Following SCOTUS Affirmative Action Decision, Ranking Member Scott Urges ED to Protect Racial Equity in Education

“The federal government must again take up the mantle of ensuring that all Americans have equal protection under the law.”

WASHINGTON – Today, Ranking Member Robert C. “Bobby” Scott (VA-03) sent a letter urging the Department of Education (ED) to take steps to protect the civil rights of students following the Supreme Court’s ruling in the cases of Students for Fair Admissions v. President & Fellows of Harvard College and Students for Fair Admissions v. UNC.

Despite decades of repeatedly finding that race-conscious admissions policies are consistent with Title VI of the Civil Rights Act and the Equal Protection Clause of the Fourteenth Amendment, the Supreme Court ruled in June to reject the consideration of race in college’s undergraduate admissions. In the letter, Ranking Member Scott called for comprehensive guidance to ensure schools and institutions of higher education fulfill their Title VI obligations and address other factors in college admissions—including standardized tests, legacy and developmental admits, and other admissions criteria—that disadvantage historically underrepresented students of color.

“Title VI was enacted to ensure the federal government stood with Americans historically discriminated against on the basis of their race, color, or national origin. Over the last 60 years, a conservative federal judiciary has slowly warped a law designed to ensure Americans of every race have equal footing in our society into one that bans any consideration of race at all.  This perversion of intent reached a new low with the decisions in the recent Harvard and University of North Carolina (UNC) cases overturning the consideration of race as one of many factors IHEs may use in their admissions process,” Ranking Member Scott wrote.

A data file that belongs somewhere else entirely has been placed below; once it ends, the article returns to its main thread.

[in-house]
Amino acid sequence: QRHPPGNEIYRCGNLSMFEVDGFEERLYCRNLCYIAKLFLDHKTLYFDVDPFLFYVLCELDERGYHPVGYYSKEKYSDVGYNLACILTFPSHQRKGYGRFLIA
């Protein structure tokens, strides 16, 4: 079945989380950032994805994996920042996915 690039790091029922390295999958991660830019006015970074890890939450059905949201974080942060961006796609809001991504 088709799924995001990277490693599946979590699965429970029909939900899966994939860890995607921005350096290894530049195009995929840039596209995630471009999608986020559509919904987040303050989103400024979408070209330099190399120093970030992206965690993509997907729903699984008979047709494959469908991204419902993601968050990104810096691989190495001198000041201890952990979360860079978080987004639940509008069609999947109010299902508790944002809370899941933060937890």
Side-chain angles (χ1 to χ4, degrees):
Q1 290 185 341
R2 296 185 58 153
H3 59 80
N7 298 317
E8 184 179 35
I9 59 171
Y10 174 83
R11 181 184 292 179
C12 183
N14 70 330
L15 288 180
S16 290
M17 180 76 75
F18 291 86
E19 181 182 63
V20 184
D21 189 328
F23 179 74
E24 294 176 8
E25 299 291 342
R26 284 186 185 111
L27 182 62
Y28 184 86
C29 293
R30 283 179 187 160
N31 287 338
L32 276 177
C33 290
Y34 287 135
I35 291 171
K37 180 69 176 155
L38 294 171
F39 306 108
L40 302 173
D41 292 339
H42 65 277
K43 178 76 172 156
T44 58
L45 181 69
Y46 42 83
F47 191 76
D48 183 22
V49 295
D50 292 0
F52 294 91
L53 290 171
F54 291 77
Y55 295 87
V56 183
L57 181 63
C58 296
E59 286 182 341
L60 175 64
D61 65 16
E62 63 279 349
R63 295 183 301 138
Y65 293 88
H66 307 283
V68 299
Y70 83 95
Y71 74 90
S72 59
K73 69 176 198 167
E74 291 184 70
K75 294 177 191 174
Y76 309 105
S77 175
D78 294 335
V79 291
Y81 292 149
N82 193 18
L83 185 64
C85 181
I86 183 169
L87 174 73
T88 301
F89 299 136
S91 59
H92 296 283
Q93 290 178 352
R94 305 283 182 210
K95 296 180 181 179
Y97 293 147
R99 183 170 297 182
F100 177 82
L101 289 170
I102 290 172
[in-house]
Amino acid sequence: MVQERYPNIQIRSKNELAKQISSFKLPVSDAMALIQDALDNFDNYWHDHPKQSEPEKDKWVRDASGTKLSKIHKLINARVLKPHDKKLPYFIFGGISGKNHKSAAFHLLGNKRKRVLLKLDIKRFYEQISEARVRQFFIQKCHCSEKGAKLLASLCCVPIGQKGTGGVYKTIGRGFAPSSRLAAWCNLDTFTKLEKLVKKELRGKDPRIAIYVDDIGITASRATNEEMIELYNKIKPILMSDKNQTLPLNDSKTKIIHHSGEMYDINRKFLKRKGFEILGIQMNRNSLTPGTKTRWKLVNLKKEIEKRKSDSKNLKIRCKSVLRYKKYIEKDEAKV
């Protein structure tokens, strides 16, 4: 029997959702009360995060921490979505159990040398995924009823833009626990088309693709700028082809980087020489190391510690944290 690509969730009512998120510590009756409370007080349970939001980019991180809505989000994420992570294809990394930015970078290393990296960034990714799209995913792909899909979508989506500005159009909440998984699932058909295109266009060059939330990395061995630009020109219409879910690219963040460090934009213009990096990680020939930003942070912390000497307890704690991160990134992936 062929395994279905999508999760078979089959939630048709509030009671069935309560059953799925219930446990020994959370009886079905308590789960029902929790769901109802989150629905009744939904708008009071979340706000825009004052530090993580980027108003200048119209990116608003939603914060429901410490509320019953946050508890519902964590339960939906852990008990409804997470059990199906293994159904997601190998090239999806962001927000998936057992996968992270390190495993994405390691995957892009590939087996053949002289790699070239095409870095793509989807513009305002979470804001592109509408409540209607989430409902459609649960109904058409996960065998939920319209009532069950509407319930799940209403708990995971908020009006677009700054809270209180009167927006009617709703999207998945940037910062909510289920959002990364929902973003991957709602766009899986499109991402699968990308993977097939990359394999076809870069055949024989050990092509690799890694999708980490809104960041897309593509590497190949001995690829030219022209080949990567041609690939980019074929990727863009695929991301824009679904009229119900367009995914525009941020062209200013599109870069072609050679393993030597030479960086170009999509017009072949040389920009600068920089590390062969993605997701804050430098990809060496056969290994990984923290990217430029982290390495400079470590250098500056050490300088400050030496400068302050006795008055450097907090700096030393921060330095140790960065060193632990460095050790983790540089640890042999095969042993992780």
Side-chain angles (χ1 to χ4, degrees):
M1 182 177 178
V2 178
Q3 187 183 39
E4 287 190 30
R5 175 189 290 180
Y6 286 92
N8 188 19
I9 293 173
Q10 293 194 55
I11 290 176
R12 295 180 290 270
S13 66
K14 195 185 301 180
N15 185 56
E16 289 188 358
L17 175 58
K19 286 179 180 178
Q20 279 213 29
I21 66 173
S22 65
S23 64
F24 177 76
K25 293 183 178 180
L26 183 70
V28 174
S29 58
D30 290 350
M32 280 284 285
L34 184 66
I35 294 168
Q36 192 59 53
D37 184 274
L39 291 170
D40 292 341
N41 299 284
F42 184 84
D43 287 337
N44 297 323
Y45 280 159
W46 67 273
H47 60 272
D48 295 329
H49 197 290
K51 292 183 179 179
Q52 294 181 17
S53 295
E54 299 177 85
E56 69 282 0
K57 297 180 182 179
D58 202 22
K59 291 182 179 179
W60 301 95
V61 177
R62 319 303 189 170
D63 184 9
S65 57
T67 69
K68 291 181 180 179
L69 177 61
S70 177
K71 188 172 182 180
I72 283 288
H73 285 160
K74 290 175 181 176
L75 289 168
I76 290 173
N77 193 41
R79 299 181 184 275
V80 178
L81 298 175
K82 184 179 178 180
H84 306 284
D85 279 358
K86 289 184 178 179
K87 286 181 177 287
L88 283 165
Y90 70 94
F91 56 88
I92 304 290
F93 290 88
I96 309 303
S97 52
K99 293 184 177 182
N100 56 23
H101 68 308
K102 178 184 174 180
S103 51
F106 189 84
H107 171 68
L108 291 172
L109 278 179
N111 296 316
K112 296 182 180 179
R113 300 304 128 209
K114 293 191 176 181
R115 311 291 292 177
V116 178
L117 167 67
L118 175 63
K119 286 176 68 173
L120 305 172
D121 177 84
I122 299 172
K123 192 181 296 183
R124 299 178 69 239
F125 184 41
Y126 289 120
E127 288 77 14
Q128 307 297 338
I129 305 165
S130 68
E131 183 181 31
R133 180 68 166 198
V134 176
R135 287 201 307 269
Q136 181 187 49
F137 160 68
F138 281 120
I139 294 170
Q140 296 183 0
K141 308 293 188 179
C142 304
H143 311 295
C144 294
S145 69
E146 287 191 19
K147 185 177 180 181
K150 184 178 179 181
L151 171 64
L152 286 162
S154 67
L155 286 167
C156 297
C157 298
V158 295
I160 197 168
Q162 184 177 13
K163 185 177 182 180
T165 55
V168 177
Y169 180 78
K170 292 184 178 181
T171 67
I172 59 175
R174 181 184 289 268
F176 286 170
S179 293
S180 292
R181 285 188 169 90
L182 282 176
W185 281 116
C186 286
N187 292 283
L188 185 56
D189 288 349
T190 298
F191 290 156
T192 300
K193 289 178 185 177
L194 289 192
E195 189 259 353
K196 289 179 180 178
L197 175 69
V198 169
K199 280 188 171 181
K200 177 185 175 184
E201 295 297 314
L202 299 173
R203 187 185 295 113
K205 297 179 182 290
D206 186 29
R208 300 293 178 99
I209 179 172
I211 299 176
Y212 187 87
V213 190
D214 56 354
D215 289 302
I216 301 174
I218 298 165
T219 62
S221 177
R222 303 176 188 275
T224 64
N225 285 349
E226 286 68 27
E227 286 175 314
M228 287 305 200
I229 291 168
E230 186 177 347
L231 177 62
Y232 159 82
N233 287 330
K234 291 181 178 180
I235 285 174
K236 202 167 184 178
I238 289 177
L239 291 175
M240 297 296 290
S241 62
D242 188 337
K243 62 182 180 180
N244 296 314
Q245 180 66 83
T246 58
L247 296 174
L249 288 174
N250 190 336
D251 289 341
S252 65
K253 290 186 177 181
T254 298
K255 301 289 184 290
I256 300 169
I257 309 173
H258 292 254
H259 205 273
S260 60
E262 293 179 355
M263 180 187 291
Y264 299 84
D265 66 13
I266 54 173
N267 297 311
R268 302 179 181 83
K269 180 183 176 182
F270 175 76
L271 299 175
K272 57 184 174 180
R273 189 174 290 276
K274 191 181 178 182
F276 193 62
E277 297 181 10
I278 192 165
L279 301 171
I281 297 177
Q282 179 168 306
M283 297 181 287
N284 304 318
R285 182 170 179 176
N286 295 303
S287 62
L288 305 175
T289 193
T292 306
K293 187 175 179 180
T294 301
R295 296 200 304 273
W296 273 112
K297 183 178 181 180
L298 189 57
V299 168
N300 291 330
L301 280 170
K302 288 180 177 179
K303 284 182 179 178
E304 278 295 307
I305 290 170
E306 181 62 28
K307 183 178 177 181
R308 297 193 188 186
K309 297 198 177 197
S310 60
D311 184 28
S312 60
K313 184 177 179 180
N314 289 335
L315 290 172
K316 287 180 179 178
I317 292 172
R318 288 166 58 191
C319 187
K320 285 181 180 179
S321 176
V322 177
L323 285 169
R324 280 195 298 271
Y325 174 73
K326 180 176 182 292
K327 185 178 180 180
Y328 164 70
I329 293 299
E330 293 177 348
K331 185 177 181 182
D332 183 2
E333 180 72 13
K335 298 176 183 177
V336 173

“Now that the Supreme Court has determined that the consideration of race in admissions violates Title VI and the Equal Protection Clause of the Fourteenth Amendment, the Department should fully investigate how race unjustly permeates many other policies and practices in our educational system. Any honest assessment of the pervasiveness of race in that system would recognize that people of color consistently face unequal discriminatory treatment on the basis of their race, treatment that has been historically counterbalanced by affirmative actions, but now can only be eliminated with robust enforcement of Title VI,” Ranking Member Scott continued.

Since the ruling, the Office of Civil Rights under the Department of Education has opened a Title VI civil rights investigation into whether Harvard University discriminates on the basis of race by using donor and legacy preferences in its undergraduate admissions process.

In May, Ranking Member Scott introduced the Equity and Inclusion Enforcement Act (EIEA) to restore the right of students and parents to hold schools accountable for discrimination in education under Title VI.

Read the full text of the letter here.


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